Within a month, Elon Musk has criticized Biden, attacked progressive ideology, declared support for Republicans, and bid to buy Twitter—a tool used to censor political dissent. Just two days ago, he tweeted, “political attacks on [him] will escalate dramatically in coming months” just two days ago. One of the first has arrived.
The allegations: According to a SpaceX flight attendant, Musk exposed himself during a massage and propositioned her for sex. She was then reportedly paid $250,000 to stay silent.
Musk responds: “If I were inclined to engage in sexual harassment, this is unlikely to be the first time in my entire 30-year career that it comes to light.” He also said, “the attacks against me should be viewed through a political lens – this is their standard (despicable) playbook – but nothing will deter me from fighting for a good future and your right to free speech.”
Some online pundits claim that the sum paid off to the flight attendant is minimal, especially in comparison with Musk’s net worth. Regardless, it’s still a very sizeable amount for most Americans.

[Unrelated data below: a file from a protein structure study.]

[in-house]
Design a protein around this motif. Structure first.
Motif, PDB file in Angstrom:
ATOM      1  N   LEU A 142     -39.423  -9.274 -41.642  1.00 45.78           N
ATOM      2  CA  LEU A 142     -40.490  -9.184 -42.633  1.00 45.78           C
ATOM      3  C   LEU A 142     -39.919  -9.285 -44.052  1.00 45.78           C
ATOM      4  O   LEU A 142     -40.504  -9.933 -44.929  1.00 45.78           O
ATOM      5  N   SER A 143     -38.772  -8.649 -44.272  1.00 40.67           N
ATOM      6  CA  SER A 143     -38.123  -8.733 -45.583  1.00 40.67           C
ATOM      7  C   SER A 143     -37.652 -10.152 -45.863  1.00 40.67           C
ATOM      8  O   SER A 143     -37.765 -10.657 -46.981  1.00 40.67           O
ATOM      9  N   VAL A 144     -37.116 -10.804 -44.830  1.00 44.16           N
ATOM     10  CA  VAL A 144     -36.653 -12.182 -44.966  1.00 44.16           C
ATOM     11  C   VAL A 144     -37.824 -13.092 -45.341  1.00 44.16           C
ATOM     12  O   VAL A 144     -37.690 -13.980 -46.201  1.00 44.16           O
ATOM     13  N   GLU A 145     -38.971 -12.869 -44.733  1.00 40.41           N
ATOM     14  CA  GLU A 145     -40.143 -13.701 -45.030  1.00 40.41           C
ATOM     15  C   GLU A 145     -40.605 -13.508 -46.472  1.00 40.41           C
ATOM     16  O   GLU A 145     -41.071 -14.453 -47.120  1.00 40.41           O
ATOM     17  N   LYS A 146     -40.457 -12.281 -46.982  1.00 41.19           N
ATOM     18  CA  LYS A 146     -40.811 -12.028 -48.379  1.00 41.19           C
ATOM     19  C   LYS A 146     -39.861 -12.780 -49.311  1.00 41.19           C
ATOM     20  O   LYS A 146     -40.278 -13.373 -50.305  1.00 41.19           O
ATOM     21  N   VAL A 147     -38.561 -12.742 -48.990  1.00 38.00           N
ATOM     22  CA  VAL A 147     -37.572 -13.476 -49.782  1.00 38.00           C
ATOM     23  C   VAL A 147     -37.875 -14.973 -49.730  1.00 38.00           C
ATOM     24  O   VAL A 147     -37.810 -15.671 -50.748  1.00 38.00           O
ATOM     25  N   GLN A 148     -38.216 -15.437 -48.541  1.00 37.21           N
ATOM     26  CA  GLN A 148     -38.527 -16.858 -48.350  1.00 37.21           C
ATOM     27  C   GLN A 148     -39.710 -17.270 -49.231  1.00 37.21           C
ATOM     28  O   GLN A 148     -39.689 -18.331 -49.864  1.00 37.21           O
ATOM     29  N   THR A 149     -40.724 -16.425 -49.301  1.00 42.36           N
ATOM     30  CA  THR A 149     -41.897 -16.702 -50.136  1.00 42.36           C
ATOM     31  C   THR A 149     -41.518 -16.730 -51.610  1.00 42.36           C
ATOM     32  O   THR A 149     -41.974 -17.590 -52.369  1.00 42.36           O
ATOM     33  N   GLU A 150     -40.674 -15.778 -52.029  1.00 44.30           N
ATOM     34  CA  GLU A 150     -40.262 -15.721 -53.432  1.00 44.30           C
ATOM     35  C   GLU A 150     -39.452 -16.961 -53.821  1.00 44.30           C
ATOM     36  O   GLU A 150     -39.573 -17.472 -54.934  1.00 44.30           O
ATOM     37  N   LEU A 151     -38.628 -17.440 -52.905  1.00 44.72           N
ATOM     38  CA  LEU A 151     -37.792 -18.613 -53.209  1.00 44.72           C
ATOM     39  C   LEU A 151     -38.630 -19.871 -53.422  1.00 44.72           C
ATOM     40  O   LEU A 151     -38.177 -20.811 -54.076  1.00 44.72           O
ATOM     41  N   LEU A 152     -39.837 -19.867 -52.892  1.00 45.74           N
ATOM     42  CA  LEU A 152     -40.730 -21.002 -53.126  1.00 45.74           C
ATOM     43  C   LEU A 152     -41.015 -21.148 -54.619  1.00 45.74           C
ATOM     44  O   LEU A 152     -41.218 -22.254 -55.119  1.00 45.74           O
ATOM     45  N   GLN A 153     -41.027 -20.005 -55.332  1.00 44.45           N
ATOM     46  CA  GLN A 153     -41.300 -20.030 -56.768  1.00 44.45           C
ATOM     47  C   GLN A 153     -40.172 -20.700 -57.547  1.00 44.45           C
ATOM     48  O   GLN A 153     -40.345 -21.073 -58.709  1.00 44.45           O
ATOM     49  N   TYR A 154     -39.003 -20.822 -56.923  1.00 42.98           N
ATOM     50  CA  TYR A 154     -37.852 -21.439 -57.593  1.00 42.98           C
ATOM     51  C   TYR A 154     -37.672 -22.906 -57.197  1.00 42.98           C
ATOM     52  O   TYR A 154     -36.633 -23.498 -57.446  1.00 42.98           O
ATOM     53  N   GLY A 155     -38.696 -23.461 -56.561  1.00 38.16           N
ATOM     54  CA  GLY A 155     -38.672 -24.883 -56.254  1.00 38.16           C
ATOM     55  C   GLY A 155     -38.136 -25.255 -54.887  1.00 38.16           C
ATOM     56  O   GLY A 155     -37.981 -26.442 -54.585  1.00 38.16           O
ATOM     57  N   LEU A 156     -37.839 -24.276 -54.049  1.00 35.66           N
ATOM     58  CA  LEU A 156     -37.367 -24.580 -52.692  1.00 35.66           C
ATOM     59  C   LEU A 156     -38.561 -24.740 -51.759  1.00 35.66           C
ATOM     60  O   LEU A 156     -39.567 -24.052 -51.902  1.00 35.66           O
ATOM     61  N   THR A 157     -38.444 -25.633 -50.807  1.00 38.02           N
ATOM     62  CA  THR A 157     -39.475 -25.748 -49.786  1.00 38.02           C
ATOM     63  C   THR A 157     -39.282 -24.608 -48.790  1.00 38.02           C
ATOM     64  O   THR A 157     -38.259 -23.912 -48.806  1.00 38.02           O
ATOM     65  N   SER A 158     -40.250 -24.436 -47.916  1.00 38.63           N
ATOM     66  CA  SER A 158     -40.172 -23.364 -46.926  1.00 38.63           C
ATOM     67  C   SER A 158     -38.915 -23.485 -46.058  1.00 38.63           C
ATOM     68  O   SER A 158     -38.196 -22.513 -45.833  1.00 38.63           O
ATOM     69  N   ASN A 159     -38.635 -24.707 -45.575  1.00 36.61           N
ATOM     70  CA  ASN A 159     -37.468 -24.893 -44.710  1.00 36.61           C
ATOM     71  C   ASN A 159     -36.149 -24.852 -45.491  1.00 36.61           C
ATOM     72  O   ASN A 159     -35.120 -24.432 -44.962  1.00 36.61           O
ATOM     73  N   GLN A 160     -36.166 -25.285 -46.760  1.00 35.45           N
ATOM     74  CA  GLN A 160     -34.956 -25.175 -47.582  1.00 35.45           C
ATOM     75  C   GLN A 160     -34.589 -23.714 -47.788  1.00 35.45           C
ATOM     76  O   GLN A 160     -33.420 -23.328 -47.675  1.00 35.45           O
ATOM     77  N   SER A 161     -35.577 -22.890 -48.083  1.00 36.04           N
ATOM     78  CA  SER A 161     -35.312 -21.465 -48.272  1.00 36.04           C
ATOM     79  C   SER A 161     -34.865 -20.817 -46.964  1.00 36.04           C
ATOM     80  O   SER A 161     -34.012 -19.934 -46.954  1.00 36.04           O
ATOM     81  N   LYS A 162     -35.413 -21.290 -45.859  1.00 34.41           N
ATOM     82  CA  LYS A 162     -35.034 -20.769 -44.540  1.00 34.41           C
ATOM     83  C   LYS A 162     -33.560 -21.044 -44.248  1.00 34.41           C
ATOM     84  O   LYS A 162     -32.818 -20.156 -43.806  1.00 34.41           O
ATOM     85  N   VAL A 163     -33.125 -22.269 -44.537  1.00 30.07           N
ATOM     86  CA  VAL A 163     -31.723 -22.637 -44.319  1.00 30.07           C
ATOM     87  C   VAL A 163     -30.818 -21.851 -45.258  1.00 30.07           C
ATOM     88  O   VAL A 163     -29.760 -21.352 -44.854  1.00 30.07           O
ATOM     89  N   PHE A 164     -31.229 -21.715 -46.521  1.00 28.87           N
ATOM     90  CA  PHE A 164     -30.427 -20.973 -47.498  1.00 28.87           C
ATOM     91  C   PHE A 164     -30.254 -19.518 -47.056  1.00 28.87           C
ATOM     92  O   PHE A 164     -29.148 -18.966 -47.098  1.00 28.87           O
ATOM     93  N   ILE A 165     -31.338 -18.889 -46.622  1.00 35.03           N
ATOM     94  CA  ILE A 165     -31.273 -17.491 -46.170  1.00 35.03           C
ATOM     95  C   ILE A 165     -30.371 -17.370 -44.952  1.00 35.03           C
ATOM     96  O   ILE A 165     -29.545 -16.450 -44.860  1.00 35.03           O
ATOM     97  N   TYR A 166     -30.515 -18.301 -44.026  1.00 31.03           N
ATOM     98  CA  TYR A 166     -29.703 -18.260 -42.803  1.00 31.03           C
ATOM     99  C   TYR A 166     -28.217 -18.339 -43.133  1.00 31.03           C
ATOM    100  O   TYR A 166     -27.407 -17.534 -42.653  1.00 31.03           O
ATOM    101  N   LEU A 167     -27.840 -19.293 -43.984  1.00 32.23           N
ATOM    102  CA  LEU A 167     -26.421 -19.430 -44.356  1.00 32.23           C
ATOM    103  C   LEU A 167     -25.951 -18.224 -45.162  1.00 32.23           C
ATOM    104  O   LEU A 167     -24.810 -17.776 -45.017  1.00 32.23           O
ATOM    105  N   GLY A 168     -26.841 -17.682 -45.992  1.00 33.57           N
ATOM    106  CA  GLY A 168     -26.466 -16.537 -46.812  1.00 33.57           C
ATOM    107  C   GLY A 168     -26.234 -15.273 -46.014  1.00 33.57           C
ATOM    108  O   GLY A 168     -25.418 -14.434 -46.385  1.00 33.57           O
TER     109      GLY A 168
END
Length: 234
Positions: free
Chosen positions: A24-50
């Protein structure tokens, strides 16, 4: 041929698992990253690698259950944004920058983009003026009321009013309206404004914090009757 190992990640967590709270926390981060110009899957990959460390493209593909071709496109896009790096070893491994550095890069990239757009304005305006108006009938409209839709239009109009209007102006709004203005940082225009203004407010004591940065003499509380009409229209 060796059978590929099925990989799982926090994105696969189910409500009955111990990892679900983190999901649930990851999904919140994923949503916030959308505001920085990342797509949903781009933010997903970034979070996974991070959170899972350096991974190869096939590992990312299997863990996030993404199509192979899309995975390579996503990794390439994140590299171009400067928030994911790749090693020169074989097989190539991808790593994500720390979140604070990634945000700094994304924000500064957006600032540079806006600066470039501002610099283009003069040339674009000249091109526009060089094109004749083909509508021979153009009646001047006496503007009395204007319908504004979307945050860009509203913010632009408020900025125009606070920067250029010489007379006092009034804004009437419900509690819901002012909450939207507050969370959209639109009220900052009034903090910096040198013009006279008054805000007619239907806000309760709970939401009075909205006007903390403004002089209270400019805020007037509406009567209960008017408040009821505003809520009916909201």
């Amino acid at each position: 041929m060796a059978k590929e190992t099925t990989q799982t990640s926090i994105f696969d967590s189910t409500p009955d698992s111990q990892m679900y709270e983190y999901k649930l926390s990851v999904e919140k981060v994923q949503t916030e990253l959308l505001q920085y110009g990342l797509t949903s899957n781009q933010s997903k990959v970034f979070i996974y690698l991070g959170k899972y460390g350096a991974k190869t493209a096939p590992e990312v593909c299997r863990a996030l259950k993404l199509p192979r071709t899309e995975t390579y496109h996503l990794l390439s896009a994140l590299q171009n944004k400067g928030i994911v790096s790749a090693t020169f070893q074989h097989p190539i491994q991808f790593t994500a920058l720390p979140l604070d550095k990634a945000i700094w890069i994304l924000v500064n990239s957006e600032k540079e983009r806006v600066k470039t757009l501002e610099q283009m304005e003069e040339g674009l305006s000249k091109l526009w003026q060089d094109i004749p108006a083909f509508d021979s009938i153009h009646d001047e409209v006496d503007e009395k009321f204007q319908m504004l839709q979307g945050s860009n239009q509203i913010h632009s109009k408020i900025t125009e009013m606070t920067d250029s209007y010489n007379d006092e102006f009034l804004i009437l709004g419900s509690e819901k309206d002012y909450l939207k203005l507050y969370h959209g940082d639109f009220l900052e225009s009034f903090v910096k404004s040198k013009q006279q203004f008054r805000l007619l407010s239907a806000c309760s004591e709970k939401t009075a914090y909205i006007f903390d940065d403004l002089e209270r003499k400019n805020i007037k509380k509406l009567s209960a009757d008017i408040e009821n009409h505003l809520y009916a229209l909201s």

Hit piece from last week: This wasn’t the first attack on Elon Musk’s character. Last week the New York Times published an article portraying Musk’s Tesla work environment as a continuation of South Africa’s apartheid.
These attacks started when Musk offered to buy Twitter at $43 billion. His goal is to restore free speech on the platform.
- Axios compared Elon Musk to a “supervillain” financing his “mischief-making.”
- In The Guardian, progressive-favorite Robert Reich compared Elon Musk to Putin and dictators for pursuing online free speech. He claimed it would be a “brave new nightmare” for everyone.
- In The Washington Post, Max Boot argued that Musk would destroy our democracy by fighting for less censorship, not more.
- Business Insider described Elon Musk’s bid as a “chilling new threat.”
The attacks from the political left show how necessary online censorship is to them. Musk is seen as a threat not because he's a billionaire—Mark Zuckerberg's Facebook and Jeff Bezos's Washington Post are viewed favorably—but because he supports free speech.